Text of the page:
‘Failure to stand for what is morally right is the prelude to being the victim of what is criminally wrong.”
By Daniel Kanu
Prof Peter Ogban, a lecturer in the Department of Soil Science at the University of Calabar, who served as returning officer in Akwa Ibom North-West Senatorial District during the 2019 general election in the state, was on Thursday, March 25, jailed for three years.
The Independent National Electoral Commission (INEC) in Akwa Ibom State had in the landmark case dragged Prof Ogban to a high court in the state on a two-count charge of tampering with results of the senatorial district he was put in charge.
Sadly enough, he was convicted following his admission that he actually manipulated the election results in two local government areas, namely Oruk Anam and Etim Ekpo.
Consequently, the court found him guilty of fraudulent manipulation of the election results, publishing and announcing the same in favour of the All Progressives Congress (APC).
In his ruling, the no-nonsense presiding judge, Justice Augustine Odokwo, in the judgment that lasted for about two hours, refused to be swayed by the plea for leniency by Ogban.
He roared: “The prosecution was able to prove its case against Mr Ogban beyond any reasonable doubt. There was not much I could do other than to let the law take its course”.
That simple verdict provided the judicial stamp for Ogban’s long walk to jail.
Since then, Ogban has literally become an orphan as he has serially been disowned in the media, credible social media platforms, and even by members of the ruling party, which was assumed to have been the beneficiary of his fraudulent actions. Indeed, Senator Godswill Akpabio who was accused of being the direct beneficiary of Ogban’s inglorious action has come out to exonerate himself.
Of course, the development, is to say the very least, scandalous, disgraceful, dishonorable, and condemnable.
It is no doubt a big embarrassment to the Nigerian academia, expected to be above board on issues of integrity and credibility. It is, therefore, expected that the ivory tower must rise up to protect its image by ensuring that those who go to carry out election duties are their best.
It would be recalled that it was because elections in the country were fraught with various forms of electoral malpractices that the Independent National Electoral Commission devised the novel means of deploying senior academics in the country’s higher institutions as returning officers.
The expectation was that their deployment would foster trust and credibility based on the integrity and character of these senior members of the ivory towers. It was assumed that with that move, only those who were above board would thenceforth be involved in elections.
But INEC has been proved wrong as such objective is yet to be realised. Time and again, the figures churned out by these returning officers have been disputed, with a great number of election cases going as far as the apex court for final resolution.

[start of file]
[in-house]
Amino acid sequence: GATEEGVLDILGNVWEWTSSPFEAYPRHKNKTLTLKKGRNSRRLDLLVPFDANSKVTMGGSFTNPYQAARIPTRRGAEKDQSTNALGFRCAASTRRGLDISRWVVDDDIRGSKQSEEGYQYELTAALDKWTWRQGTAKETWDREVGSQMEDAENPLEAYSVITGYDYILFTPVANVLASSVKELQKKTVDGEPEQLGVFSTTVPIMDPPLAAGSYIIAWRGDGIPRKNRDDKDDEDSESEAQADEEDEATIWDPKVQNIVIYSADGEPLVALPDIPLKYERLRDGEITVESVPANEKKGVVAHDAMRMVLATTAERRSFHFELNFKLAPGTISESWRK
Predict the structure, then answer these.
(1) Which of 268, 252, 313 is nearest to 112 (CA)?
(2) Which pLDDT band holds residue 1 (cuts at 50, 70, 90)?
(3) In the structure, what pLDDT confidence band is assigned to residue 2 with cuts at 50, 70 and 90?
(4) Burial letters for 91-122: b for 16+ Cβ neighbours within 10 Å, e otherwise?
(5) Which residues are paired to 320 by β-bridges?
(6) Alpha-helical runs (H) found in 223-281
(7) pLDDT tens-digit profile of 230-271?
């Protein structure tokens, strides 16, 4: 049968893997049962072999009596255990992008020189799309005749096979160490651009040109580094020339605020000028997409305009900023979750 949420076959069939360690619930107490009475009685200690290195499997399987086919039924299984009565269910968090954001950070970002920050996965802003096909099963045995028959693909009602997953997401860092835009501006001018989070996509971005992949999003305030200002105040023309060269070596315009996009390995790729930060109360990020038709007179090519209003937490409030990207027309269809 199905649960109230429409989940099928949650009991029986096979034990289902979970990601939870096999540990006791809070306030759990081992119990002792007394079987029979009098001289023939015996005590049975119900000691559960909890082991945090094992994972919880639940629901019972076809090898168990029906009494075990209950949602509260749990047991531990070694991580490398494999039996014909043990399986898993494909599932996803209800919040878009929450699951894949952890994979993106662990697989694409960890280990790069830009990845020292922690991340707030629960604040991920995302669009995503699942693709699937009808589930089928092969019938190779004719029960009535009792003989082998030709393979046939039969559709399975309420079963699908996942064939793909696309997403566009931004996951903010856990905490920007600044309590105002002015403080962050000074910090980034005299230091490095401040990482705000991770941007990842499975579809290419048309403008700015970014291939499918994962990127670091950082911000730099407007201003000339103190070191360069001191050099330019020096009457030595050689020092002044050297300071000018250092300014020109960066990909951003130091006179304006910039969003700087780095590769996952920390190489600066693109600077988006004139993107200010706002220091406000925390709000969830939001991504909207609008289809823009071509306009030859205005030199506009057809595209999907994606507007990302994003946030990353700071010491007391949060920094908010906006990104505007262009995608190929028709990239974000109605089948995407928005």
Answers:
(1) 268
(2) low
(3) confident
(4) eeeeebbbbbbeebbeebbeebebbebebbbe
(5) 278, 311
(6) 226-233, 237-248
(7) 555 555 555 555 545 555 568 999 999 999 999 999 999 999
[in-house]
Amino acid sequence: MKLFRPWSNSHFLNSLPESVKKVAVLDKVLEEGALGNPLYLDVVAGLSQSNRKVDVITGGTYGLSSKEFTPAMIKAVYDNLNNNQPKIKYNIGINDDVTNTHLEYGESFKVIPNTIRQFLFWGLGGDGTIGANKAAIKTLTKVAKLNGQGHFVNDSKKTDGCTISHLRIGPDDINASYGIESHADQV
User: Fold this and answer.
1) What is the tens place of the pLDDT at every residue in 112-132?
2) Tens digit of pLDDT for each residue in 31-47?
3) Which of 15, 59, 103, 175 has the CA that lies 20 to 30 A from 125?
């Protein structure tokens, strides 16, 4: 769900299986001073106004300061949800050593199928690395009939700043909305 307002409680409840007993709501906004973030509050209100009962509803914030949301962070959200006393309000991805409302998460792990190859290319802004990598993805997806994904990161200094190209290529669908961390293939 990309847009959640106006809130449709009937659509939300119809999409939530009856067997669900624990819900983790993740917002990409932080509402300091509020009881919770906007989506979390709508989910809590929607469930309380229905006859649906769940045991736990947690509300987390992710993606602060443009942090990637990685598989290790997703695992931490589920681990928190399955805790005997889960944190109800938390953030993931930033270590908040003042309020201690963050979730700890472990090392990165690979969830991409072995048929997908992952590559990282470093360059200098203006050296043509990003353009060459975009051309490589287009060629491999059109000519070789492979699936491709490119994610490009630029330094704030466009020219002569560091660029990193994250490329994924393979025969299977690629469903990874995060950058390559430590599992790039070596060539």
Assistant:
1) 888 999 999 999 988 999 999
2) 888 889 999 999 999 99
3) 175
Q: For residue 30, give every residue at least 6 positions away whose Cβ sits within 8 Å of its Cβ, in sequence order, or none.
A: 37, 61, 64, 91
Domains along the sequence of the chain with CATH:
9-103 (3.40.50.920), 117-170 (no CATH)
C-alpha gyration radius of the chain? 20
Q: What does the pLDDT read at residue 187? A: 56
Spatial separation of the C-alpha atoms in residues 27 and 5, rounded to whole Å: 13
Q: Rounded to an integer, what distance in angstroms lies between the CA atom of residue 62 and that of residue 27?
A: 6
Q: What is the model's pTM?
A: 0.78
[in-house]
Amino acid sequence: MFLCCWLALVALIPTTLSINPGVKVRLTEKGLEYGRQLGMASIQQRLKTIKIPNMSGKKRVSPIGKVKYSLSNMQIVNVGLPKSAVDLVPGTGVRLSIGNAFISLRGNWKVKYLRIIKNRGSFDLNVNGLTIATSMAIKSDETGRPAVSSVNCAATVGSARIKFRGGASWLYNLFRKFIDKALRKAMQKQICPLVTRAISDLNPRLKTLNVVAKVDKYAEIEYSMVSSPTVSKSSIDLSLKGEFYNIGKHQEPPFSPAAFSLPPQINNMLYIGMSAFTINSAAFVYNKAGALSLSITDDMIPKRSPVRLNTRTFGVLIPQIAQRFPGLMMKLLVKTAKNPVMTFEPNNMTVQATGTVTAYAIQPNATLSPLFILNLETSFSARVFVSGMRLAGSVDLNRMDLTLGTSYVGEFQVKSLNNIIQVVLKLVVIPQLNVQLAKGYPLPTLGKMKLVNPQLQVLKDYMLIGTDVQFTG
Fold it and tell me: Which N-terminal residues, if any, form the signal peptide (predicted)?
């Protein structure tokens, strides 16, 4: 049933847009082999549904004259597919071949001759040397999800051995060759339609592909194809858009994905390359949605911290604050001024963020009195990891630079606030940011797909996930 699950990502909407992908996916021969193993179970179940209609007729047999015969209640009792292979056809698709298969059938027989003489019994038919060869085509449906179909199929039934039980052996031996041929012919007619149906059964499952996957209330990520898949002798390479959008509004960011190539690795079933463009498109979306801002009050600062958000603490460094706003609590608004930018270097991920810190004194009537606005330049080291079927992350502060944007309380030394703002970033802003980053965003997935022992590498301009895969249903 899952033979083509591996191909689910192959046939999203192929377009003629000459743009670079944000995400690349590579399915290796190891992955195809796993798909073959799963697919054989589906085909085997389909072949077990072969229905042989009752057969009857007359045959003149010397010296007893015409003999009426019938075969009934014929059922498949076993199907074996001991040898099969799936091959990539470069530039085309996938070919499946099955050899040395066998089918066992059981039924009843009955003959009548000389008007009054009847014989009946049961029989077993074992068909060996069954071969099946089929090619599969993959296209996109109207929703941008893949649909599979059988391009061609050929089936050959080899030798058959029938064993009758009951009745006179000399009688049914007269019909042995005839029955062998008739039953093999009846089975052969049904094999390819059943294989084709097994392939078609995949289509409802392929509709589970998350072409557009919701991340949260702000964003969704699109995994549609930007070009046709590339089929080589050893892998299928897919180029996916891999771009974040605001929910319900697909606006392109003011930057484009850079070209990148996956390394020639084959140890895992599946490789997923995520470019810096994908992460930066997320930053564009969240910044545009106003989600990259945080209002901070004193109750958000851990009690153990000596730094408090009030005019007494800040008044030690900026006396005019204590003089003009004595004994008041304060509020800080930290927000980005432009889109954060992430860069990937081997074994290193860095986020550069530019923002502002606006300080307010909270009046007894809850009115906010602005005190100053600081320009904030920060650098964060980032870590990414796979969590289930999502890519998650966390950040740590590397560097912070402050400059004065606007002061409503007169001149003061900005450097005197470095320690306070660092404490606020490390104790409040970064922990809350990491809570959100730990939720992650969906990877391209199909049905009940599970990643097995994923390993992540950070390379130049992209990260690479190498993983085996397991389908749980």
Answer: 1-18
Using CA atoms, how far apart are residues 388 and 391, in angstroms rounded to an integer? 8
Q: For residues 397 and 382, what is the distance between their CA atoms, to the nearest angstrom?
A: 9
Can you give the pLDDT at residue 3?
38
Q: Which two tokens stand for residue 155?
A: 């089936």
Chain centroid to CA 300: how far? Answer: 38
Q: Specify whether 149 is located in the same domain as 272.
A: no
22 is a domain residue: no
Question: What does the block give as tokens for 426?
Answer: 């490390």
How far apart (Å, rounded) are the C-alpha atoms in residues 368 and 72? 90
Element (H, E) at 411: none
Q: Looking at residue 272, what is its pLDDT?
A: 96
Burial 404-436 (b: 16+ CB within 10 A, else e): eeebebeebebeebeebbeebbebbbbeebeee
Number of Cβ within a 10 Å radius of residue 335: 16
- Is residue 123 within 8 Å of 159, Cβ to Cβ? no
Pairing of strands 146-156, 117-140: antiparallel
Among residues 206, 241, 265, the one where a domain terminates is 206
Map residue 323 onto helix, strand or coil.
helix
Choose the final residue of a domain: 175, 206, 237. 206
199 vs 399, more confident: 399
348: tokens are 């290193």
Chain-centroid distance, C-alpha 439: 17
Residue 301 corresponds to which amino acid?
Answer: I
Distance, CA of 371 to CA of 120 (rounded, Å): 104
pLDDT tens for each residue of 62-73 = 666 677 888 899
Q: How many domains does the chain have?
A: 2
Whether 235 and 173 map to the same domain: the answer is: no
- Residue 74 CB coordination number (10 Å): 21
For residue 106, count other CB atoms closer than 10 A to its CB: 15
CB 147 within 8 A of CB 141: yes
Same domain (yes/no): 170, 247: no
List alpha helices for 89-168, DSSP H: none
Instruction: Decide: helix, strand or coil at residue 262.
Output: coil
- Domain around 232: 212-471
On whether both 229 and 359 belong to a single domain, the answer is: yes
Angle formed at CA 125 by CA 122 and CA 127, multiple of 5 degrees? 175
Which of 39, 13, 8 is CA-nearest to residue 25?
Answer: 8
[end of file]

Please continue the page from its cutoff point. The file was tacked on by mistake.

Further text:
In any case, it is a disgrace that a professor is now pleading guilty to election fraud, thus indicating that, perhaps the universities are no different from the larger society, where they are expected to be shining examples.
As developments have shown over time, some political commentators have posited that INEC was misled by its leadership into believing that senior academics would be immune to the various corruptive influences and tendencies in the Nigerian crooked political system. However, if a system is polluted, it is bound to affect all the units. This is because evidences abound that the conducts of affairs in the universities, including examinations and thesis supervision, are fraught with malpractices.
With the conviction of Prof Ogban, it is believed that INEC will sit up in conducting future elections by ensuring that its supervisors will only be persons of proven integrity.
Besides, many also believe that it will help the electoral umpire too if it recruits only credible staffers in the mould of its Resident Electoral Commissioner, Mike Igini, who is well disposed on election matters under his jurisdiction.
“May there be more Igini’s injected into our electoral system” Mrs Cordelia Owan, a psychologist, told Sunday Sun.
This will help INEC to regain the confidence of the people who research had shown are now no longer too keen in playing active role in politics either by voting for candidates of their choice or vying for political offices.
While commending Justice Odokwo for letting Ogban face the music as a deterrent to future offenders, most political analysts are of the opinion that Nigerians must own the electoral process, first by acquiring their permanent voters’ card, turn out to vote on days of the election and insist that their votes count to elect a responsible and responsive government whose ultimate interest will be the security and welfare of the people.